HELLP syndrome is pregnancy complication that while rare—affecting about 0.4 percent of pregnancies—can also be serious. This condition actually refers to a series of symptoms, and like preeclampsia signs, it can be tricky to distinguish signs of concerns from pregnancy symptoms.
Unfortunately, HELLP syndrome cannot be prevented, but with early diagnosis, you can seek medical attention as soon as possible, and early intervention is key to management. To help you better understand this condition and what to look for, this post will explain:
- What is HELLP syndrome?
- What are the signs of this condition?
- How is it treated?
- Who is at risk for HELLP syndrome?
- How is this complication different from preeclampsia?
What is HELLP syndrome?
HELLP syndrome stands for:
- HE: Hemolysis, or the breaking down of red blood cells (which are important for carrying oxygen throughout the body)
- EL: Elevated liver enzymes, or liver dysfunction
- LP: Low levels of platelets (which are important for helping blood clot)
This condition can be serious because it can result in multiple organ failure for the mother, hemorrhage, placenta abruption, and fetal distress and growth complications.
What are signs of HELLP syndrome?
Symptoms usually arise before 37 weeks of pregnancy, but it’s important to know that symptoms can develop after giving birth and even earlier in pregnancy.
Here are the following signs of HELLP syndrome:
- Belly pain, particularly in the upper right side
- High blood pressure
- Blurred vision
- Rapid weight gain
- Nausea and/or vomiting
You might notice that some of these symptoms, like nausea and swelling, are fairly normal during pregnancy, so it can be difficult to tell the difference between the expected morning sickness and pregnancy weight gain and actual red flag symptoms. It’s important to track when these symptoms occur and report any changes to your doctor, especially if you’re at risk for this condition, which we explain more in the next section.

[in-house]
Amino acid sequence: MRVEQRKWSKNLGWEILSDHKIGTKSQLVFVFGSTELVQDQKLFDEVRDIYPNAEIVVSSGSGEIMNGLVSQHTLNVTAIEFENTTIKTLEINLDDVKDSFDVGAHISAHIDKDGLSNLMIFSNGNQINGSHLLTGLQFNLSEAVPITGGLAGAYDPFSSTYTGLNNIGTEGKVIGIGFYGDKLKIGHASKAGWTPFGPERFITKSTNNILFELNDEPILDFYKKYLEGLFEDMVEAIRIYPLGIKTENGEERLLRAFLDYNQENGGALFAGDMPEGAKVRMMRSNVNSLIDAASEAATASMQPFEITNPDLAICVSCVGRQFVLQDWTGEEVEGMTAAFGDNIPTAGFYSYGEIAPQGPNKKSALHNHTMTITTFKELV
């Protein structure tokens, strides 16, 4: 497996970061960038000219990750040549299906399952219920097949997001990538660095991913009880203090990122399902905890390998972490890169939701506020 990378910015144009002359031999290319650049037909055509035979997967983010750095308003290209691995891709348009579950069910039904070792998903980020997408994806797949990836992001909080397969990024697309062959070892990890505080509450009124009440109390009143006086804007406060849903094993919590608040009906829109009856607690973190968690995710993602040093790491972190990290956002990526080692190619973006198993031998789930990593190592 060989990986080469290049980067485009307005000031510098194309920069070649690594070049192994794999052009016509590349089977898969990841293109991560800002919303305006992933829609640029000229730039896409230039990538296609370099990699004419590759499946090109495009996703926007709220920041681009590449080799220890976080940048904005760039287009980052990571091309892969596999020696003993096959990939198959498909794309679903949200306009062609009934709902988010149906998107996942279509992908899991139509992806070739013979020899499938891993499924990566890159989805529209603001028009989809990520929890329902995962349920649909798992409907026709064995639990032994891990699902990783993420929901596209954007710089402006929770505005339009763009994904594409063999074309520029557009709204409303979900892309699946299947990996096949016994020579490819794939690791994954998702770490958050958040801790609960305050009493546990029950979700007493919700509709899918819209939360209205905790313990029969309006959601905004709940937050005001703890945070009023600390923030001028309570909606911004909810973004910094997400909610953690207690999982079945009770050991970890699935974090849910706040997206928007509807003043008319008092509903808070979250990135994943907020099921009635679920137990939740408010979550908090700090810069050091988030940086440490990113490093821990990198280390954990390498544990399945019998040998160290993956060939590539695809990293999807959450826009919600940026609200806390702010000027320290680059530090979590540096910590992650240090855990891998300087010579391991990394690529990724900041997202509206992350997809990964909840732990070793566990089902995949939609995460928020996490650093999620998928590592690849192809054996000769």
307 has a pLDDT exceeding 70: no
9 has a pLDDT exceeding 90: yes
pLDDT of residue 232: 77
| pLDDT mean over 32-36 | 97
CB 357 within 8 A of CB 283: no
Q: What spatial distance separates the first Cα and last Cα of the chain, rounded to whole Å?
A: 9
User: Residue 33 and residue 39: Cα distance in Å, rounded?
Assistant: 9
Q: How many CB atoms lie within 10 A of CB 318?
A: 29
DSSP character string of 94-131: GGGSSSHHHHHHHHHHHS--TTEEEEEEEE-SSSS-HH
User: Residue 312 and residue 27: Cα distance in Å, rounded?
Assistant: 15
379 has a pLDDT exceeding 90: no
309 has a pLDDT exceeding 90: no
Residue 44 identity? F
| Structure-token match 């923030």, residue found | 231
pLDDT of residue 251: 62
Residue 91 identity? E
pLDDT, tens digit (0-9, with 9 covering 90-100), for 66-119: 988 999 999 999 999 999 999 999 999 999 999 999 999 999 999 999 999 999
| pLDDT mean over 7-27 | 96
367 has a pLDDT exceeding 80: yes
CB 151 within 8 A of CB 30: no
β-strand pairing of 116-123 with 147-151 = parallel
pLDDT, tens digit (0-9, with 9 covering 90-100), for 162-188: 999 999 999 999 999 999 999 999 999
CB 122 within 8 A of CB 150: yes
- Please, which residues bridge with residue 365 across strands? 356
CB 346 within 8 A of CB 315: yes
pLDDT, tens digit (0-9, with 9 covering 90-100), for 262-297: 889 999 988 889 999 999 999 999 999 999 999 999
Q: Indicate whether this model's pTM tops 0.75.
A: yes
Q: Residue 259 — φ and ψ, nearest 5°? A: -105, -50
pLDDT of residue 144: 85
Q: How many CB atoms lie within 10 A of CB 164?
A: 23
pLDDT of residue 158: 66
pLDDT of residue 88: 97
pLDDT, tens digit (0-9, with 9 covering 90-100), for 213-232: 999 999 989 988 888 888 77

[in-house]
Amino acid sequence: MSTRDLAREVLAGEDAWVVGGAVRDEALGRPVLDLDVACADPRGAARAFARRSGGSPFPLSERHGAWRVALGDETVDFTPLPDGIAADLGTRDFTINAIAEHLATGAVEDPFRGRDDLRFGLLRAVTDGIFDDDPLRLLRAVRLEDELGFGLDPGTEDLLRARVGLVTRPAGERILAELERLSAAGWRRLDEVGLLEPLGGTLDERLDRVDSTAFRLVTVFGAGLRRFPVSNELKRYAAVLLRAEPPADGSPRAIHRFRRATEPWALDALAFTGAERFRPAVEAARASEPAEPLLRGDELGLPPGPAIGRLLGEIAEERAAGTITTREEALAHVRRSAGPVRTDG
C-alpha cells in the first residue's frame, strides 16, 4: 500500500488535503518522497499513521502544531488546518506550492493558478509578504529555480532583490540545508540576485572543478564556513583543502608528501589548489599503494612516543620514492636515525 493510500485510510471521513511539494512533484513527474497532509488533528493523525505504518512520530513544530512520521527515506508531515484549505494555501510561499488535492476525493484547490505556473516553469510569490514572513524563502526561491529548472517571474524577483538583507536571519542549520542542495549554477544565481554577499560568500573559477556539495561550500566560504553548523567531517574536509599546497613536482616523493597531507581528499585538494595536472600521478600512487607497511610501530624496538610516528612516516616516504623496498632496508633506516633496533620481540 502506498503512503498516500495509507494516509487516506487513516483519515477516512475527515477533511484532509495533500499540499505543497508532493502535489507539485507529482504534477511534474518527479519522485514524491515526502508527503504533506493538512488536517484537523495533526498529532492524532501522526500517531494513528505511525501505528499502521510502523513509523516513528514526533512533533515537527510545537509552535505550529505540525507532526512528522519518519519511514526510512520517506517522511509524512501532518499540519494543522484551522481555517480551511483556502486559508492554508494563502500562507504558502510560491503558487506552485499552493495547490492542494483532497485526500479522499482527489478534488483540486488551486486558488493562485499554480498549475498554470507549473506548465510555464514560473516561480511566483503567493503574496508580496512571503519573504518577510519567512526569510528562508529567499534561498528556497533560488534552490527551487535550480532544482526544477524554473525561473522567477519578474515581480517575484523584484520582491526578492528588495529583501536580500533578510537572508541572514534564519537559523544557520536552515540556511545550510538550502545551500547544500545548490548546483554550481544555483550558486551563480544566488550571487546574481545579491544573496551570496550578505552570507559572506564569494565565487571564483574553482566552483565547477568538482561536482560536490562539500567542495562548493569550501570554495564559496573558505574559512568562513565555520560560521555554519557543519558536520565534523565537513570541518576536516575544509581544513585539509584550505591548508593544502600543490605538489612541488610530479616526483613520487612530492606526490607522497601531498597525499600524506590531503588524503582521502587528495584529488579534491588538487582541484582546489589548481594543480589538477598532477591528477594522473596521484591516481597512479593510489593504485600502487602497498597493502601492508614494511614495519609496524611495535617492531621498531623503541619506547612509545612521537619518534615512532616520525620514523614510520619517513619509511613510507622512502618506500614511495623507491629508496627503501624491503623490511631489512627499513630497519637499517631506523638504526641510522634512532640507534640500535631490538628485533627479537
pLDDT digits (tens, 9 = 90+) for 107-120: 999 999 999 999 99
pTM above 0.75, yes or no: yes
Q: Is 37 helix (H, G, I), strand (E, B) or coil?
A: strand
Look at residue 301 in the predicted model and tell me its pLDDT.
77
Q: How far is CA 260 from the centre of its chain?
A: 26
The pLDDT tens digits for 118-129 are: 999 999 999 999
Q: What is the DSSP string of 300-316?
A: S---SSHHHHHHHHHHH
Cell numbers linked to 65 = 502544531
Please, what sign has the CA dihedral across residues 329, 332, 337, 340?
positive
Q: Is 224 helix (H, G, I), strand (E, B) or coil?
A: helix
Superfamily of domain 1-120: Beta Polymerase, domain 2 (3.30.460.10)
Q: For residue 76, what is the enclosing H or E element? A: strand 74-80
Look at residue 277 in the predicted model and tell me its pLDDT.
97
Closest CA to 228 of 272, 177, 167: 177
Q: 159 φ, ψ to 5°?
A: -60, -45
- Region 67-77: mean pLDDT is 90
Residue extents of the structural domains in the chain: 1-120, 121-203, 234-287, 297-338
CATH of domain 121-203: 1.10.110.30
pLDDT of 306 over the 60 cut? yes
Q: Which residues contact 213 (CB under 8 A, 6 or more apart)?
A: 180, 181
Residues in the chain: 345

What are risk factors for HELLP syndrome?
Here are the following factors that are known to increase risk for HELLP syndrome 1:
- Previous pregnancy with HELLP syndrome increases risk of developing it again
- Previous pregnancy with preeclampsia
- Previous pregnancy with hypertension
- Being over the age of 25
- Having given birth two or more times
- Being of Caucasian background
How is this syndrome diagnosed?
If you’re experiencing symptoms related to this condition, your doctor can run blood tests to measure liver function, platelet counts, and red blood cell counts to diagnose HELLP syndrome. Also, your blood pressure and urine protein levels may also be monitored.
How is HELLP syndrome treated?
Similar to preeclampsia, treatment of HELLP symptoms usually means delivering the baby. However, this treatment option depends on how many weeks pregnant you are. If you are at least 37 weeks along, then your doctor will likely recommend delivery to prevent serious complications for you and your baby, and symptoms usually go away within two to three days after delivery.
However, delivering before that point in pregnancy is considered preterm birth, which also carries risk for your baby. In this case, your doctor will have to assess the risks of preterm birth in comparison to the risks of HELLP syndrome complications. To manage symptoms and extend gestation, your doctor may recommend:
- Hospital admission and bed rest to ensure close monitoring
- Corticosteroid treatment to accelerate the baby’s lung development
- Magnesium sulfate to reduce the risk of seizures
- Blood transfusion to increase platelet counts
- Blood pressure mediation to ensure normalizing of this measure
- Fetal monitoring to detect any distress the baby could be in
How is it different from preeclampsia?
HELLP syndrome is currently considered a severe form of preeclampsia, and it often precedes preeclampsia diagnosis. While it’s still being debated whether HELLP syndrome is a completely separate illness from preeclampsia, it’s important to know that it is definitely possible for women to experience both conditions at the same time. According to the American College of Obstetrics and Gynecology, approximately 4 – 12 percent of women with preeclampsia also have HELLP syndrome 2. One study found that for women with HELLP syndrome symptoms before 34 weeks of pregnancy, they were more likely to also develop preeclampsia in comparison to women whose symptoms developed after 34 weeks of pregnancy 3, so timing of symptom onset seems to be important for better detecting when this overlap happens.